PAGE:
Tigers enjoying rare air of playoff contention

Wednesday, September 6th 2000, 12:00 am
By: News On 6

DETROIT – Anyone heard a Tigers score yet?

A peculiar inquiry for September, but even stranger when considering where the question was often asked Sunday – the Superdome press box during the Detroit Lions' game against New Orleans.

"Really?" a stunned Randy Smith, Tigers general manager, wondered Monday. "That's unusual to hear. Man, that probably excites me more than anything else the last few days because that means there's interest. There's talk. People are paying attention to Tiger baseball in September. That says a lot about from where we've come."

Labor Day is when presidential campaigns and baseball seasons get down to business, signaling the official start of the pennant race. The clock ticks, the nerves tingle, creating a sensation Detroit hasn't experienced for the past 12 years – meaningful September baseball.

But the talk could soon wither to a whisper. The Tigers opened what amounts to a four-game contention elimination series with another wild-card pursuer, Anaheim, in a Labor Day twilight special.

A 1-3 series might remove the loser from the serious contention by week's end.

Serious contention? The Tigers?

The crowd (26,364 tickets sold) Monday was disappointing considering what's at stake. But it shouldn't surprise because the '90s programmed many to dismiss the Tigers by the summer's final holiday. If it's Labor Day, then it's time to get off the Tigers' back and onto the Lions'.

"There's still a little bit of a shock value to all this," Smith said. "It really didn't hit me until after we cut it to four games over the weekend and my wife and I talked about it for the first time. And she kept telling me that whether I wanted to admit it or not, we were in it."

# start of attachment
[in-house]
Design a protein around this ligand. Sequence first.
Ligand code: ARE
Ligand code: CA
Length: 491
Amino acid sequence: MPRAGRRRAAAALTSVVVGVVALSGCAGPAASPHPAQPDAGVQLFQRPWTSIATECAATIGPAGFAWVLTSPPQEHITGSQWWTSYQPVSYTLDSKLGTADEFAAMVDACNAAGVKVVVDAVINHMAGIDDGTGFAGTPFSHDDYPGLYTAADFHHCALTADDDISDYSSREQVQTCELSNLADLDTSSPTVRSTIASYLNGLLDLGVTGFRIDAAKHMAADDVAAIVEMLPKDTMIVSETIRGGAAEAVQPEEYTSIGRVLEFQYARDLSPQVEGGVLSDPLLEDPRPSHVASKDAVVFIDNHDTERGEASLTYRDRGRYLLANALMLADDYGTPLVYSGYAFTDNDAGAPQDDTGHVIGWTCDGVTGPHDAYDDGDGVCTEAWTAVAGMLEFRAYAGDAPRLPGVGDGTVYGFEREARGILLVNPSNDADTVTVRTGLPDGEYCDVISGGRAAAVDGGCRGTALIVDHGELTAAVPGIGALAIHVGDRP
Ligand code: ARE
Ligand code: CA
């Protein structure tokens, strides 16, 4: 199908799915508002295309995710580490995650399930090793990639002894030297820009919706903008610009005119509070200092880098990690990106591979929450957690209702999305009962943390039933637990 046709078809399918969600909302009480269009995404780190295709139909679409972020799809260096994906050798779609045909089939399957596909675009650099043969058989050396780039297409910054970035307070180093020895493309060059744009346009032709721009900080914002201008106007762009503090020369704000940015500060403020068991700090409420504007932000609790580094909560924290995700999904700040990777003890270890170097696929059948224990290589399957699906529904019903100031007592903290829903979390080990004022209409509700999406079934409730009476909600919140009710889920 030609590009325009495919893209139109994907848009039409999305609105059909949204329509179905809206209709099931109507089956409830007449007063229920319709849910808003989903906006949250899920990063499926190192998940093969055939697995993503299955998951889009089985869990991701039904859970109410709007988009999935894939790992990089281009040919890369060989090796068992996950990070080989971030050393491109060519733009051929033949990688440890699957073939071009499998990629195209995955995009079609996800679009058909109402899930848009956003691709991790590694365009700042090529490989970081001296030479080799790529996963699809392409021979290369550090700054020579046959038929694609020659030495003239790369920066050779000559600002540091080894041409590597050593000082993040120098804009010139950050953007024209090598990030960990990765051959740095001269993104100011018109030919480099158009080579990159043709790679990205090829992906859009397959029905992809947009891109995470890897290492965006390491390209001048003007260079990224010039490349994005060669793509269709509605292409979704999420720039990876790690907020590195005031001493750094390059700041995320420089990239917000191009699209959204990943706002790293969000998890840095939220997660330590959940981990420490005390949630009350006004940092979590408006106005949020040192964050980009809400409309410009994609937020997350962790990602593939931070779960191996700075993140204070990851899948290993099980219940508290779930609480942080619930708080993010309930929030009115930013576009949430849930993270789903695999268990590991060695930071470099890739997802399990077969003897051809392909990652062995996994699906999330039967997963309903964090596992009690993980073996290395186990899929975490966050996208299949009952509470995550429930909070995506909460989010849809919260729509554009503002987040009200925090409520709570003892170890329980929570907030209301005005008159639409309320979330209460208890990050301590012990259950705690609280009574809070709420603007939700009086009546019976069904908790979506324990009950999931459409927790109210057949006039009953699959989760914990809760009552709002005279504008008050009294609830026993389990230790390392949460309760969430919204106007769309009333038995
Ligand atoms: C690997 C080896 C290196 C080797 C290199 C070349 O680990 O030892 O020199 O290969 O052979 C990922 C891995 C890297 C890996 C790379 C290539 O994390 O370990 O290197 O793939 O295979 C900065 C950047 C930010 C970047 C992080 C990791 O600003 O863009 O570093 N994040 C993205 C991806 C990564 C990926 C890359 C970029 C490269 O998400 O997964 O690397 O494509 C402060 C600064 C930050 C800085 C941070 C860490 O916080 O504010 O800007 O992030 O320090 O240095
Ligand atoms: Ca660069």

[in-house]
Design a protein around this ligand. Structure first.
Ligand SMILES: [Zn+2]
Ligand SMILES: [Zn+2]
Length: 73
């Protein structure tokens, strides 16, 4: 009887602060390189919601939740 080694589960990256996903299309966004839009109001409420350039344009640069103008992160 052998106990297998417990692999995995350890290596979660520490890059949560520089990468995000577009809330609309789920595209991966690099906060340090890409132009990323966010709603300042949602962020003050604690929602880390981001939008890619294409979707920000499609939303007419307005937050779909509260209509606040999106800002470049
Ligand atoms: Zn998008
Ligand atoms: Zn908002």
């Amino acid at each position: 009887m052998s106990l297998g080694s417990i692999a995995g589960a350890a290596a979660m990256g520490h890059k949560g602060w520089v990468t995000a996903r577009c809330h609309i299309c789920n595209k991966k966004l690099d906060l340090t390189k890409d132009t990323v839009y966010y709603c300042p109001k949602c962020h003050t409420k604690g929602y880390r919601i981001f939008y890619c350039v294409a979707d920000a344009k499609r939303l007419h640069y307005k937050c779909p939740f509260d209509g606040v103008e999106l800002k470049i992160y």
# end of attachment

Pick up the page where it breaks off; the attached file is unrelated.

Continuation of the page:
Smith left Comerica Park Sunday following the Tigers' 4-1 series-concluding loss to Texas certain the Indians stretched their wild-card lead by another game because they had a big lead late against Baltimore.

Smith gets into his car and hears the game has gone to extra innings. After a mad dash home to his satellite dish, Smith turns on the game just in time to see Kenny Lofton end the game in the bottom of the 11th inning with a solo homer.

And Smith must have felt like driving his foot through the television screen.

But isn't it nice that, for a change, anger is directed more toward the disappointment of not getting any closer to the playoffs rather than toward the disgust of not even having a prayer by September's arrival.

"It officially becomes a pennant chase when you get to Labor Day," said Phil Garner, "but you try not to make a big deal of it with the guys. You just want them to stay focused and keep doing the little things that helped get us to this point.

"And you want them to enjoy what playing important September games are supposed to be about."

Sure, it's supposed to be fun. But it's also supposed to be educational.

The Tiger veterans who grew up within the system, like Bobby Higginson and Tony Clark, have never enjoyed any reasonable competitive success at any level of the organization. These are unchartered waters. And their response to the challenge of the ensuing days will have a profound effect on the younger guys who lean on the aged for advice.

Clark's response to the final month might be the most revealing aspect of this late-season revival. September is historically his best month statistically, but expectations were low because the Tigers were usually 20 games out of the wild card chase so who really paid attention?

But if Clark stays true to form, helping carry this team a little further along this most unexpected journey from oblivion, he emerges as a more valuable component next year rather than merely serving as off-season trade bait.

And that's what this final month is really about – laying the foundation for next year.

Granted, the American League's undernourished this season. That's the only logical explanation for the Tigers' rise from the basement to mid-level mediocrity in the last three months. And, realistically, the Tigers have two chances of reaching the playoffs – slim and none.

But that still can't diminish the old-fashioned giddiness of scoreboard watching. It's been a long time coming and may not last too much longer so enjoy while you can.